In 2019, Oxford Languages' word (or term, rather) of the year was "climate emergency." In 2020, however, the publisher of the Oxford English Dictionary ran into a conundrum: It soon realized that this year has been like no other, and one that simply couldn't be summed up by one word. And so this year's choice instead focused on "how the pandemic has utterly dominated public conversation," resulting in "a new collective vocabulary almost overnight," per the New York Times. Because COVID-19 is what's underlying much of the new vernacular, this year's list includes such ubiquitous words as "pandemic"—which saw a 57,000% increase in usage from last year—"COVID-19," and "coronavirus," which has been in use in medical circles since the late '60s, but which this year became one of the most common nouns in the English language.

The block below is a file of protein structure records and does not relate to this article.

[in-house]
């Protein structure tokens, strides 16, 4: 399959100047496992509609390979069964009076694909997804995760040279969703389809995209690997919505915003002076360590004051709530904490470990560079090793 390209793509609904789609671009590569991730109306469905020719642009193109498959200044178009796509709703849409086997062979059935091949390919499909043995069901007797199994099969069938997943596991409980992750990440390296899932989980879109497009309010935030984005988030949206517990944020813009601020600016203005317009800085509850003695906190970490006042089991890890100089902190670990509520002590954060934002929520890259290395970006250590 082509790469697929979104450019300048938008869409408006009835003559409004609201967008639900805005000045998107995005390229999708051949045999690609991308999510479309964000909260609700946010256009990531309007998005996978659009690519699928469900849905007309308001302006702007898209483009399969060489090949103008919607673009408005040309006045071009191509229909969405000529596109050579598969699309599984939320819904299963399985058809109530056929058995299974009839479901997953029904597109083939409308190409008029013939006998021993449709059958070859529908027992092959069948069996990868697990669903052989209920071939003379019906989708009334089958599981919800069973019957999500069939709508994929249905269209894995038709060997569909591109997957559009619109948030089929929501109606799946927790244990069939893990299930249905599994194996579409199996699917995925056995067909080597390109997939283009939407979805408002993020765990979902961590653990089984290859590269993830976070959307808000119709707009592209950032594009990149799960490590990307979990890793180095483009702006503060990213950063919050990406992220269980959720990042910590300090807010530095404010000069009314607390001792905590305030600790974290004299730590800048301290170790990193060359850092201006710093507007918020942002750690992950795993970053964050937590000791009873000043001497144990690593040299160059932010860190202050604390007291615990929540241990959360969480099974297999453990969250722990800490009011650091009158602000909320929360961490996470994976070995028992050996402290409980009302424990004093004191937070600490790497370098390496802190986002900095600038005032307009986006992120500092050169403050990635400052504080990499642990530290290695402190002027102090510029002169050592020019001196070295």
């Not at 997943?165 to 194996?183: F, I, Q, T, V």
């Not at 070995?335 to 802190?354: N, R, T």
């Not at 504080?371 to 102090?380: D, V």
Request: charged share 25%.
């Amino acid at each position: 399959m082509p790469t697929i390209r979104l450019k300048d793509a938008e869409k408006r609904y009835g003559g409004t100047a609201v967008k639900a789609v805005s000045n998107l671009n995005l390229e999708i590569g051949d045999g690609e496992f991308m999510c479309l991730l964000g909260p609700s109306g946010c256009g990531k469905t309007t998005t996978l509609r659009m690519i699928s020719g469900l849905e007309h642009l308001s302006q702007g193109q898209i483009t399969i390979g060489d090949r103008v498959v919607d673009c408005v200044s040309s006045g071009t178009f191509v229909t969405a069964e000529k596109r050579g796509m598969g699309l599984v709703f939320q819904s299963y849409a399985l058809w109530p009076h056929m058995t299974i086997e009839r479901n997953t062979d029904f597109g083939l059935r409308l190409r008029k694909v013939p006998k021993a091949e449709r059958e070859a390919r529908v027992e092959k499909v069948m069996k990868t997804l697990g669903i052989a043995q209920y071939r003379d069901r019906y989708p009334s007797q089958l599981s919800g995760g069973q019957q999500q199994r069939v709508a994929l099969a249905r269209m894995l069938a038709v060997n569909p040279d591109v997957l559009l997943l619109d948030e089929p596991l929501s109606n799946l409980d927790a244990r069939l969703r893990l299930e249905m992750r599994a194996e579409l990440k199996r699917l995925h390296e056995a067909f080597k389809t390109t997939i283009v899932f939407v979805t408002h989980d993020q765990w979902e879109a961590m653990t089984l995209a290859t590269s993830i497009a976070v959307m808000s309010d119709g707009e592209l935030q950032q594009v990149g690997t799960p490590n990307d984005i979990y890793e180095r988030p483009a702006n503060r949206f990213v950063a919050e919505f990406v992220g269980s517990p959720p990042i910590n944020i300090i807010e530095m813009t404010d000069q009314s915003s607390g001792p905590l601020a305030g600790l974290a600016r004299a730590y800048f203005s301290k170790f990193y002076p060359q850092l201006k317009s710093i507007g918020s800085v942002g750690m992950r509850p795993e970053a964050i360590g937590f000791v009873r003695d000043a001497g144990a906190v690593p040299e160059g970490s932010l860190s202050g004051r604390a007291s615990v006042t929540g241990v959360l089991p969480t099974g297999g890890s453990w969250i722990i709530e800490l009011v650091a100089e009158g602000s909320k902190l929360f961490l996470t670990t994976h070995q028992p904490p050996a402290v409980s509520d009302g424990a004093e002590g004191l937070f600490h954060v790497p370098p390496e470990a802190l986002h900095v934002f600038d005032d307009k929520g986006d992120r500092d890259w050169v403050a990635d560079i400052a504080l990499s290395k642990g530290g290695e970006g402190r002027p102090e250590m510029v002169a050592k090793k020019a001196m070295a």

Other words and terms tied to the pandemic that became commonplace: "face masks," "reopening," "social distancing," "flatten the curve," "superspreader," and "lockdown," to name a few. What the Times calls "zippy new coinage" also emerged around the virus, resulting in words like "Blursday" (to indicate the days of the week all blending together) and "doomscrolling," which seems ... self-evident. But the pandemic wasn't Oxford's only focus: Politics, social media, and social movements were also drivers of this year's new language, with "Black Lives Matter," "Juneteenth," "impeachment," "conspiracy theory," "QAnon," and "cancel culture" peppering conversations. "I've never witnessed a year in language like the one we've just had," Oxford President Casper Grathwohl tells the BBC. "In a year that left us speechless, 2020 has been filled with new words unlike any other." (Read more Oxford Word of the Year stories.)